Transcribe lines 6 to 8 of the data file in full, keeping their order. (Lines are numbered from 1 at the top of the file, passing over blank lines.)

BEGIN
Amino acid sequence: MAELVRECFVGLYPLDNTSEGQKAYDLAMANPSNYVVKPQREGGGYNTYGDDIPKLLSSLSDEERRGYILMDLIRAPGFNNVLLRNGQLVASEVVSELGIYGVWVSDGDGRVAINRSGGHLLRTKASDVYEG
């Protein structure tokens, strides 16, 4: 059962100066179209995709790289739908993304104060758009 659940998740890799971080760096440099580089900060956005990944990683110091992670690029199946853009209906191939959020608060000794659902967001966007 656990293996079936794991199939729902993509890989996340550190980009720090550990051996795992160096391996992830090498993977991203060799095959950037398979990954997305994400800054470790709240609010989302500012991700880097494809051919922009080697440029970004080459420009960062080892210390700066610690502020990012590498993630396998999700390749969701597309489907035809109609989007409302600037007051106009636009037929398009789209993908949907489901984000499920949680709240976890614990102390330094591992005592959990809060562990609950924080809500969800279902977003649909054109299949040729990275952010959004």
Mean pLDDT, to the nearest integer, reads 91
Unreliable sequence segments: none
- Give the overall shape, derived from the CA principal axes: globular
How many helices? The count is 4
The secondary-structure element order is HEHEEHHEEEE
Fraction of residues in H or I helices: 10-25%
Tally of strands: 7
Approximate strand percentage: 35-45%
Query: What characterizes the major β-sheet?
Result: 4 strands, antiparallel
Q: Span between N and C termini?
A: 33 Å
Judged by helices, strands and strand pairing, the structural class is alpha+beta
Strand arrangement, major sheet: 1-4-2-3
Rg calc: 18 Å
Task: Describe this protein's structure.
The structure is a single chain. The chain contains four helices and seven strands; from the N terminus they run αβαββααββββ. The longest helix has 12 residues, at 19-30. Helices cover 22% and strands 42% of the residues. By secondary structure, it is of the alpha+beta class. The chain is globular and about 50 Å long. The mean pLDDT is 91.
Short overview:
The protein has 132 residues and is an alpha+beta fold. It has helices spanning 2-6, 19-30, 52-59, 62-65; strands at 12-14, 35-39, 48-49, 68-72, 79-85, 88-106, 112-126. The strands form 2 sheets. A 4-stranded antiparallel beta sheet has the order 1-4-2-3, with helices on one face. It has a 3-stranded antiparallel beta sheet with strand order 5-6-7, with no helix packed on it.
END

How many helices? The count is 4
The secondary-structure element order is HEHEEHHEEEE
Fraction of residues in H or I helices: 10-25%